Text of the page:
Have there ever been times when you needed to transfer files or folders on your Linux/Unix system? Fear not, though! To save the day, use the mv command. We shall study the mv command’s many features and capabilities in this post by plunging into its deep waters.
Let’s begin with the fundamentals. The mv command has the following syntax:
mv [options] source destination
In this case, the source denotes the file or directory that you wish to move, and the destination designates the desired place for the file or directory to be moved.
As an illustration, suppose you want to move a file called file.txt from your current directory to a new directory called new_directory. The following command can be used:
mv file.txt new_directory/
Simply change file.txt with the name of the directory you wish to relocate in lieu of the file.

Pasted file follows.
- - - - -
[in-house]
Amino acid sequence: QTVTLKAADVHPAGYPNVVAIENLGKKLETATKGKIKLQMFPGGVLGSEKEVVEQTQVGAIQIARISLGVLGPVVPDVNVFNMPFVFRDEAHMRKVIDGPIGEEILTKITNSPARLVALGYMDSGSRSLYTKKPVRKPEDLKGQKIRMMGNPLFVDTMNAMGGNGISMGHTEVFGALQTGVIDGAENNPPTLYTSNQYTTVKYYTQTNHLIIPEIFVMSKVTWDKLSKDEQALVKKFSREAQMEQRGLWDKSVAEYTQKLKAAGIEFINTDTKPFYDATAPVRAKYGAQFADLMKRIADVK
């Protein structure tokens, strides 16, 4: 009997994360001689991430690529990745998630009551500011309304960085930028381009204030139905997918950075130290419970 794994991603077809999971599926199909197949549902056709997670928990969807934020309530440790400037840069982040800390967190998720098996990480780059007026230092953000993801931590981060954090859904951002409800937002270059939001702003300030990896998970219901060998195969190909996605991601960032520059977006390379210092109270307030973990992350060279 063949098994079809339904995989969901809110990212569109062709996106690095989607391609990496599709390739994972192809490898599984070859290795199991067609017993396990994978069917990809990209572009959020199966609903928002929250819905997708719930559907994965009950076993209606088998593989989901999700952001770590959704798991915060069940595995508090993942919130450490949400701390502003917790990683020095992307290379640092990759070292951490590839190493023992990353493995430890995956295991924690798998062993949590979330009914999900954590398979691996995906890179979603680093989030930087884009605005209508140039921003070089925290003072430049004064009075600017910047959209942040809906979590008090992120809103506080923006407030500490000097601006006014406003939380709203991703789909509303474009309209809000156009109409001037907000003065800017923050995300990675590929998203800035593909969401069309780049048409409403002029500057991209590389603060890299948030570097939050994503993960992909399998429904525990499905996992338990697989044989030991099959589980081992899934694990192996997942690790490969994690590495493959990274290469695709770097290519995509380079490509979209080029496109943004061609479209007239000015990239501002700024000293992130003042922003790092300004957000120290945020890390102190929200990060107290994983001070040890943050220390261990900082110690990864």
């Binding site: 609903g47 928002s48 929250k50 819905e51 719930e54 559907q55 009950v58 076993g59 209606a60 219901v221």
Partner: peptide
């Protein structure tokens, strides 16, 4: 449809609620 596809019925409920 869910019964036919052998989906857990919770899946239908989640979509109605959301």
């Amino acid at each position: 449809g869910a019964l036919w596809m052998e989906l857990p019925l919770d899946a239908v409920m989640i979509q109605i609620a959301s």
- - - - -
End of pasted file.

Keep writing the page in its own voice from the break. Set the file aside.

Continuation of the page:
Renaming Directories and Files
You may also rename files and directories with the mv command. You can choose the new name as the destination to rename a file or directory.
For illustration, suppose you want to change a file called old_name.txt to new_name.txt. The following command can be used:
mv old_name.txt new_name.txt
Similar to this, you can specify the new name of a directory as the destination if you want to rename it.
The mv command does not, by default, overwrite already-existing files or directories. The -f option can be used, nevertheless, to replace a file that already exists and has the same name.
Say, for instance, that you wish to replace the file in the destination directory with the file from the source directory and that you have a file named file.txt in both the source and destination directories. The following command can be used:
mv -f source/file.txt destination/